Unity of possession

UNITY OF POSSESSION. This term is used to designate the possession by one person of several estates or rights. For example, a right to an estate to which an easement is attached, or the dominant estate, and to an estate which an easement encumbers, or the servient estate, in such case the easement is extinguished. 3 Mason, Rep. 172; Poph. 166; Latch, 153; and vide Cro. Jac. 121. But a distinction has been made between a thing that has being by prescription, and one that has its being ex jure naturae; in the former case unity of possession will extinguish the easement; in the latter, for example, the case of a water course, the unity will not extinguish it. Poth. 166.
     2. By the civil code of Louisiana, art. 801, every servitude is extinguished, when the estate to which it is due, and the estate owing it, are united in the same hands. But it is necessary that the whole of the two estates should belong to the same proprietor; for if the owner of one estate only acquires the other in part or in common with another person, confusion does not take effect. Vide Merger.

References in periodicals archive ?
65) However, as mentioned above, this would not affect the shared exclusivity of their right of possession, as unity of possession applies equally to joint tenancies and tenancies in common.
The transfer of TBE property to a trust in which one spouse is given the sole power to control the trust property may destroy the unity of possession and terminate the TBE character of the property.
Thus, when the married couple retains the power to control the trust by direction, revocation, or modification, the unity of possession is not terminated by the transfer of the TBE property to the trust.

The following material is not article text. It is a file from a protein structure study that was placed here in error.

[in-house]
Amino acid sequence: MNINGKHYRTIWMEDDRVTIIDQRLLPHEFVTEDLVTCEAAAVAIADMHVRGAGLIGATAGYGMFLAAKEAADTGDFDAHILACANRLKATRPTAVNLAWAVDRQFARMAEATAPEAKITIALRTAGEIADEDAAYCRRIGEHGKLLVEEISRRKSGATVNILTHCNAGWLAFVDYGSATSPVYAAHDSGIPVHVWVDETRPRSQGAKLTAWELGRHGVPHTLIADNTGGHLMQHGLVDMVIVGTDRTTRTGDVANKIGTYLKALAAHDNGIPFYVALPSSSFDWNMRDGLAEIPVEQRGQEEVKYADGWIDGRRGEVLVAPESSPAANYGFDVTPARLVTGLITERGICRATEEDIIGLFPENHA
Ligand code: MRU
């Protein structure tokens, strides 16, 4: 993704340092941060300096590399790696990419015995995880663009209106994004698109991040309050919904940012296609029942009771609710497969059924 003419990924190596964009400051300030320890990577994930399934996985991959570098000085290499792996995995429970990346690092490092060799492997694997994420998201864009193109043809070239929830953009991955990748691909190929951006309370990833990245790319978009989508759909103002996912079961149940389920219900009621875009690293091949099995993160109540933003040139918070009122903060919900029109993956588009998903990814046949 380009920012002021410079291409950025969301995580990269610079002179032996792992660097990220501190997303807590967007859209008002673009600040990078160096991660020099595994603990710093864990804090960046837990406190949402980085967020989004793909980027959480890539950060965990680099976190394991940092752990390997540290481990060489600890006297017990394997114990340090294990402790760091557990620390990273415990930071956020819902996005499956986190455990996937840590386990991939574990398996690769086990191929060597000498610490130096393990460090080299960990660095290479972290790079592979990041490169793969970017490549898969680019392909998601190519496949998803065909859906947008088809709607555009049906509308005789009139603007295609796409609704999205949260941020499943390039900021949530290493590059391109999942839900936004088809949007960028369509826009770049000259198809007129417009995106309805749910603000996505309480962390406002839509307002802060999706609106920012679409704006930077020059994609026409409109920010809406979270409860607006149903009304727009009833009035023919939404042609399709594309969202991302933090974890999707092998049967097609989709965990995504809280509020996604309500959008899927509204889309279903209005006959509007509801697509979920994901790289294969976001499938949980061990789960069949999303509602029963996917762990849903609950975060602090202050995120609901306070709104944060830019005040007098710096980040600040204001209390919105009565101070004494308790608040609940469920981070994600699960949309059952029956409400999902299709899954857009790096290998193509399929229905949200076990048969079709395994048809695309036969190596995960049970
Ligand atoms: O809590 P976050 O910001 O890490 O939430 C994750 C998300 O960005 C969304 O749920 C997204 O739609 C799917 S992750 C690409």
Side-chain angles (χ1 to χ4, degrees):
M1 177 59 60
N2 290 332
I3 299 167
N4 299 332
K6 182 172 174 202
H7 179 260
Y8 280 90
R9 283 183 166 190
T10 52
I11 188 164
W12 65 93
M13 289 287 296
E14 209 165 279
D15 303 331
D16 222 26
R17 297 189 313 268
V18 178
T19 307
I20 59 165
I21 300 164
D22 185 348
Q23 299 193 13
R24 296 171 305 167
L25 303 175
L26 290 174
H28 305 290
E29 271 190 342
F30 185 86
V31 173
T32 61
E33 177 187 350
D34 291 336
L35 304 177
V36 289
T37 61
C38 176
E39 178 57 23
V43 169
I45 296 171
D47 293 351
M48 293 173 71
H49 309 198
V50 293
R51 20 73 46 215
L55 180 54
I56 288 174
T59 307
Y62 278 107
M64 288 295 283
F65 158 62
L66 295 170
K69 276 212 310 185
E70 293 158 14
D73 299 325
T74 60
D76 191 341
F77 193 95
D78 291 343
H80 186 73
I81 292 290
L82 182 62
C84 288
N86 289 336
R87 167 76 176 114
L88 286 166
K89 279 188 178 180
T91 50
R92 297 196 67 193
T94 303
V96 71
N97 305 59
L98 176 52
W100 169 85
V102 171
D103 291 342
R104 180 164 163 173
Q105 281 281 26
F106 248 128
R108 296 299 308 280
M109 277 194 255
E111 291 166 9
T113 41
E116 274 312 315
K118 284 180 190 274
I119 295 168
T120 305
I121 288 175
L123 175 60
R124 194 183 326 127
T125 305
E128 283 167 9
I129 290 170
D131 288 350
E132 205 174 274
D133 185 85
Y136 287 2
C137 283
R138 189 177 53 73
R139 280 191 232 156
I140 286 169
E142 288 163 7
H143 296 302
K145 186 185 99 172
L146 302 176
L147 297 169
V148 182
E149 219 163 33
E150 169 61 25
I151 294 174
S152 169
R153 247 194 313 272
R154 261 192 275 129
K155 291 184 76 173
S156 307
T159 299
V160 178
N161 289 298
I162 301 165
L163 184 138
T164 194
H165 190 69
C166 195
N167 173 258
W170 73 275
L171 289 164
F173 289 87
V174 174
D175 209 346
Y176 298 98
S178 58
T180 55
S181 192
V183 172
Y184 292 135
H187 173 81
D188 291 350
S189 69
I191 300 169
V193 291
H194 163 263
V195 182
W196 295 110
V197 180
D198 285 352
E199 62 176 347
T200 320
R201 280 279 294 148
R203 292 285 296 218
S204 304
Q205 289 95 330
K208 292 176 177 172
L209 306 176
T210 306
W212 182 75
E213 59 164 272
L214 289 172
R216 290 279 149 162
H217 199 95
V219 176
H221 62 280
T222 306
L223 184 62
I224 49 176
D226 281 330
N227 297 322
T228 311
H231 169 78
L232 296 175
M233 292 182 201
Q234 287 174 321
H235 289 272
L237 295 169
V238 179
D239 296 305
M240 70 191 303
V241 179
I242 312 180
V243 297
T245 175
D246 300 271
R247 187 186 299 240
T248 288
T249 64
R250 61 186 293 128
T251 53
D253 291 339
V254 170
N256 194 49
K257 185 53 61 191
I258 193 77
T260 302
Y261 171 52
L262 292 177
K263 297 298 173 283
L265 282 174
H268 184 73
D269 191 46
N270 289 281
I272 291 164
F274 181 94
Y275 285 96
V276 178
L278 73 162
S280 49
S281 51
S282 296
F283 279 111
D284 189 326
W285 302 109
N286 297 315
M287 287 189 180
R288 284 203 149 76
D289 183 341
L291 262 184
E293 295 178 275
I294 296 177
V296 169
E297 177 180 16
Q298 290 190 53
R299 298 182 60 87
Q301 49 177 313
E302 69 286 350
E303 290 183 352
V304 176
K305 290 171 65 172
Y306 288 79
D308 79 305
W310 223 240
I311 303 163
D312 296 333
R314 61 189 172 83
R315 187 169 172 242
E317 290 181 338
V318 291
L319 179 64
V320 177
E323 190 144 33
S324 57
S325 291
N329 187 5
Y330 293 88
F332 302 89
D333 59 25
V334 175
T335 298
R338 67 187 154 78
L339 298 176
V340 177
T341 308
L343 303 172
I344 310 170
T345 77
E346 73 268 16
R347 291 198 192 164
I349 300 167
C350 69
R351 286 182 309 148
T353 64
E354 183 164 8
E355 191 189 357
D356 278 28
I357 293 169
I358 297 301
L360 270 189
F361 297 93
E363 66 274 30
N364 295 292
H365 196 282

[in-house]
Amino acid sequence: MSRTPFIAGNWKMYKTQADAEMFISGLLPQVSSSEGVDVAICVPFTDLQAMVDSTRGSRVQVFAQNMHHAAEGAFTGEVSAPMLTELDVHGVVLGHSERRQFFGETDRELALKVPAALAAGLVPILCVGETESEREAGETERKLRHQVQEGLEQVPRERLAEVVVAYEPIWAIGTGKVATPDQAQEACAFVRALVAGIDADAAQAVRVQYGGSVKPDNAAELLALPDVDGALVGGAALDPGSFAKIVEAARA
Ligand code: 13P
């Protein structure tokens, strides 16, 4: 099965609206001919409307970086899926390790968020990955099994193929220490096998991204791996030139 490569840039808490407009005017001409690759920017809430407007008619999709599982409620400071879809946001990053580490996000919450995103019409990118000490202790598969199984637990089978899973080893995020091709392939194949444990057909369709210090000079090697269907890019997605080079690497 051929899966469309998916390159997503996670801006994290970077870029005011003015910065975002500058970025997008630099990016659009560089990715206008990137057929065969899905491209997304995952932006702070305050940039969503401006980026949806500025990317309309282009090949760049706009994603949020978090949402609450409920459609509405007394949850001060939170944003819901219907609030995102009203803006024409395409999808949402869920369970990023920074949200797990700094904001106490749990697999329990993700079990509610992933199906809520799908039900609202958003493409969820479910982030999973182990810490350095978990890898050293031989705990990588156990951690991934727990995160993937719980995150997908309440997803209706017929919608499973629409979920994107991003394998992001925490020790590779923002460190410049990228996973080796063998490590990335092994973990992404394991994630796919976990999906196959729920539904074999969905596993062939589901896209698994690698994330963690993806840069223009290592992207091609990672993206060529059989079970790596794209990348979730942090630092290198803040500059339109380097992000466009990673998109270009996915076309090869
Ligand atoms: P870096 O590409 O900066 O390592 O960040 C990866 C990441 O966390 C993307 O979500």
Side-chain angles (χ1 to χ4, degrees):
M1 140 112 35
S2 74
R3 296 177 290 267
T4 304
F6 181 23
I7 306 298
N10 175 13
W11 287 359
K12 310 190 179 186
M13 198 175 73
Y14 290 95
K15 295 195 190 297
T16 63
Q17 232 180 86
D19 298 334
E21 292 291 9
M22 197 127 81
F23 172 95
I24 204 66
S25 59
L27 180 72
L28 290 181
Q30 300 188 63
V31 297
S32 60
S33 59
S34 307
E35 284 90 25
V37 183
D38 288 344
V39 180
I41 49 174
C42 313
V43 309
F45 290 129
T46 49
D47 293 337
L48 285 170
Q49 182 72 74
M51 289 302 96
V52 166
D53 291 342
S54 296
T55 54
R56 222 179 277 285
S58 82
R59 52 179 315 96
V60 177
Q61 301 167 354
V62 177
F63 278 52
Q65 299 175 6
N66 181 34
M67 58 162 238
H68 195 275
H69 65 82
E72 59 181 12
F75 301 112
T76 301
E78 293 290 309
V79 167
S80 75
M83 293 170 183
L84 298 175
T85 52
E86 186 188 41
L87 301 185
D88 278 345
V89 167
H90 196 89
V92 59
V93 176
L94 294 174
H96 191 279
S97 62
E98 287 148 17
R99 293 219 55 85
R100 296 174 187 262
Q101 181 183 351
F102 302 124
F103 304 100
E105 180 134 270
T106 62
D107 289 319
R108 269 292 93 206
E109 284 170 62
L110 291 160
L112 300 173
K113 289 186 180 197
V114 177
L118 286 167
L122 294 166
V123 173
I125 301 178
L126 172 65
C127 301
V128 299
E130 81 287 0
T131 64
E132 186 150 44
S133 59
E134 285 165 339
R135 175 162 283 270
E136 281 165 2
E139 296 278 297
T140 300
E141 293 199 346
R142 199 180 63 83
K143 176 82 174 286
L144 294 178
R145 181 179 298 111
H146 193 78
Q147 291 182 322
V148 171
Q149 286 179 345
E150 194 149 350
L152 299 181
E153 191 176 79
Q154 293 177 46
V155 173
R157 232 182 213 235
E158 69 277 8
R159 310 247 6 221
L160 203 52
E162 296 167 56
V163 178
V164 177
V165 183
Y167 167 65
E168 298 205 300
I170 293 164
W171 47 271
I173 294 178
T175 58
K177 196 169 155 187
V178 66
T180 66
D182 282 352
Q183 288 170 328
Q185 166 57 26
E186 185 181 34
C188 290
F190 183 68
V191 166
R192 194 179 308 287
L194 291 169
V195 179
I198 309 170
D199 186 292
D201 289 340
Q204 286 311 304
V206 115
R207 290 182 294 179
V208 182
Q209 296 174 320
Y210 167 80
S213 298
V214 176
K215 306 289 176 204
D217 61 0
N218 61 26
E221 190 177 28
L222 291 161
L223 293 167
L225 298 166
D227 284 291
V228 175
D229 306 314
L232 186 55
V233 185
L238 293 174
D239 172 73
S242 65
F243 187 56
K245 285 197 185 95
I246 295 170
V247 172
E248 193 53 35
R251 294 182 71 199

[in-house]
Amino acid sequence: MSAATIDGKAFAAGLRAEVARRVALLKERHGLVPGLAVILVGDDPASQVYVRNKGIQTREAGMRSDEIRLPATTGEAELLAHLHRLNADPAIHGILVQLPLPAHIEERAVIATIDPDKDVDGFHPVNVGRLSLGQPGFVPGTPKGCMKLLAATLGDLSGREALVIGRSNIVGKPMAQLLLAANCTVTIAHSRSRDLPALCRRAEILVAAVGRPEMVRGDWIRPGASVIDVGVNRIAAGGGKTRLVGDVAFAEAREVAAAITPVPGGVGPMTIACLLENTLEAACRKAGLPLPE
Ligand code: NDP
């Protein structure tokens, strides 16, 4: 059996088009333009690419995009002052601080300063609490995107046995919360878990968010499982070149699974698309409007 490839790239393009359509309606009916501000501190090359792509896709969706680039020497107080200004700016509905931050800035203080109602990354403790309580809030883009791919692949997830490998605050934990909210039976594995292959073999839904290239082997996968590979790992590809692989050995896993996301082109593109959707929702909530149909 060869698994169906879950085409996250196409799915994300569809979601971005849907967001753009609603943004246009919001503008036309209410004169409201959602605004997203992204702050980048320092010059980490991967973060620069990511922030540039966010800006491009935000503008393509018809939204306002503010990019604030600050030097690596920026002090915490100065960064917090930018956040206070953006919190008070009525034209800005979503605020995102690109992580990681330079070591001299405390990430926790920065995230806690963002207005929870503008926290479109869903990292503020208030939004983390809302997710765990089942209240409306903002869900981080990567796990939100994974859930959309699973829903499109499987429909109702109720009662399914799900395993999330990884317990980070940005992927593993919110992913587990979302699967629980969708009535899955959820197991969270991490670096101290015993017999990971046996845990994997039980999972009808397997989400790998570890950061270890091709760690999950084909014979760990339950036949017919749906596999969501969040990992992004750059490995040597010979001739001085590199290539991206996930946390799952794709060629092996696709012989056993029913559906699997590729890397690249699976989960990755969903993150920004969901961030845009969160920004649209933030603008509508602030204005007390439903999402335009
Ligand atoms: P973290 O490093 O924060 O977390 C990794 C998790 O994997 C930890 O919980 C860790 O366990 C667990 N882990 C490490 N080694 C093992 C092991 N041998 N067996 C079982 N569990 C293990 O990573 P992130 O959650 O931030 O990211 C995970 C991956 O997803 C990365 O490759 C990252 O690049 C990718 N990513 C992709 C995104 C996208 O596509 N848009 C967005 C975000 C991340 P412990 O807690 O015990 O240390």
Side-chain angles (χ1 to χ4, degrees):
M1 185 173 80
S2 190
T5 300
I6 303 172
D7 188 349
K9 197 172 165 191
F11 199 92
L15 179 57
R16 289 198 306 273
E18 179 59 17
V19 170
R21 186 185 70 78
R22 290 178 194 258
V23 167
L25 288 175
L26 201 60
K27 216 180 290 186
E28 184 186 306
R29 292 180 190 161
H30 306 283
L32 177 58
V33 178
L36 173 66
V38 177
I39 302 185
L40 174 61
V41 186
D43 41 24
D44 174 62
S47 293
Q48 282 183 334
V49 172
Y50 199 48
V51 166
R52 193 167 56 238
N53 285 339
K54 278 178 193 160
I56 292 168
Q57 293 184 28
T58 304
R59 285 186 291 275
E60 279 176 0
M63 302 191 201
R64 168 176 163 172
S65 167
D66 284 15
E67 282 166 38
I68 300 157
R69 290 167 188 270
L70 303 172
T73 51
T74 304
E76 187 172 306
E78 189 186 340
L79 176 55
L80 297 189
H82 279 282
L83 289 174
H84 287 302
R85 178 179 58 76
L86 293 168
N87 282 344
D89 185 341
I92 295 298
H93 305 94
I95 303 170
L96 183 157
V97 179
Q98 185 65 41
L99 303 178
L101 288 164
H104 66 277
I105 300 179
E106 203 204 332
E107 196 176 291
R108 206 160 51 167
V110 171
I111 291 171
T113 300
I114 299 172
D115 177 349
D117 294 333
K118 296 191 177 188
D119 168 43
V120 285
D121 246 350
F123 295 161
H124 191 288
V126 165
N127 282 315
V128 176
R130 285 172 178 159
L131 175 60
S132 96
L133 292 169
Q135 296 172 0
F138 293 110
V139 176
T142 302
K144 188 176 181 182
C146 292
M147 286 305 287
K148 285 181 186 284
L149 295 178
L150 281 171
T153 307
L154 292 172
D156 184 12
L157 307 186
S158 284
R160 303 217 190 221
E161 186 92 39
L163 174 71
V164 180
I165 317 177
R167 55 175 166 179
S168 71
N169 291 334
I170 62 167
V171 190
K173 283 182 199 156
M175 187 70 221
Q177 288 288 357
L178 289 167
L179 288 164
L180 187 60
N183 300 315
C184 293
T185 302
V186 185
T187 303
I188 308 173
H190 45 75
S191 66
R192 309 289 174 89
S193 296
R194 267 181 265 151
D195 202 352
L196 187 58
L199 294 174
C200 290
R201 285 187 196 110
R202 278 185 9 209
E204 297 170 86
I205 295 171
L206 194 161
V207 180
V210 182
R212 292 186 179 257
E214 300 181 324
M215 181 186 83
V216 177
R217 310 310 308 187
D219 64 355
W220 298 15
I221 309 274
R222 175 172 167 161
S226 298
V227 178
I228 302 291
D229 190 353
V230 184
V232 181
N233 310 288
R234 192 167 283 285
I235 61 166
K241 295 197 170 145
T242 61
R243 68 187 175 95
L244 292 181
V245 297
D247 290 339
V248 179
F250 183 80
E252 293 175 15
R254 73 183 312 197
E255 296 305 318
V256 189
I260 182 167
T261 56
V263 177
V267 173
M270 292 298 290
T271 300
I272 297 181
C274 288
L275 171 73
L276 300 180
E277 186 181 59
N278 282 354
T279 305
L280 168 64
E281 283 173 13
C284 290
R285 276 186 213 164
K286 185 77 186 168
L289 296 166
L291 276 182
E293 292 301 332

In the case of tenancy or tenants by the entirety (TBE), there are six unities: 1) unity of possession (joint ownership and control); 2) unity of interest (the interests in the property must be identical); 3) unity of title (the interests must have originated in the same instrument); 4) unity of time (the interests must have commenced simultaneously); 5) survivorship; and 6) unity of marriage (the parties must be married at the time the property became titled in their joint names).
This position as to the unity of possession was consistent with an earlier ruling in Hagerty v.
It is also not entirely clear what is required in order to satisfy the requirement of the unity of possession.
Disjunctive ("OR") Accounts: Unity of Possession Not Violated
At first glance, this would appear to violate the unity of possession (or control) element that must exist in order to establish a TBE.

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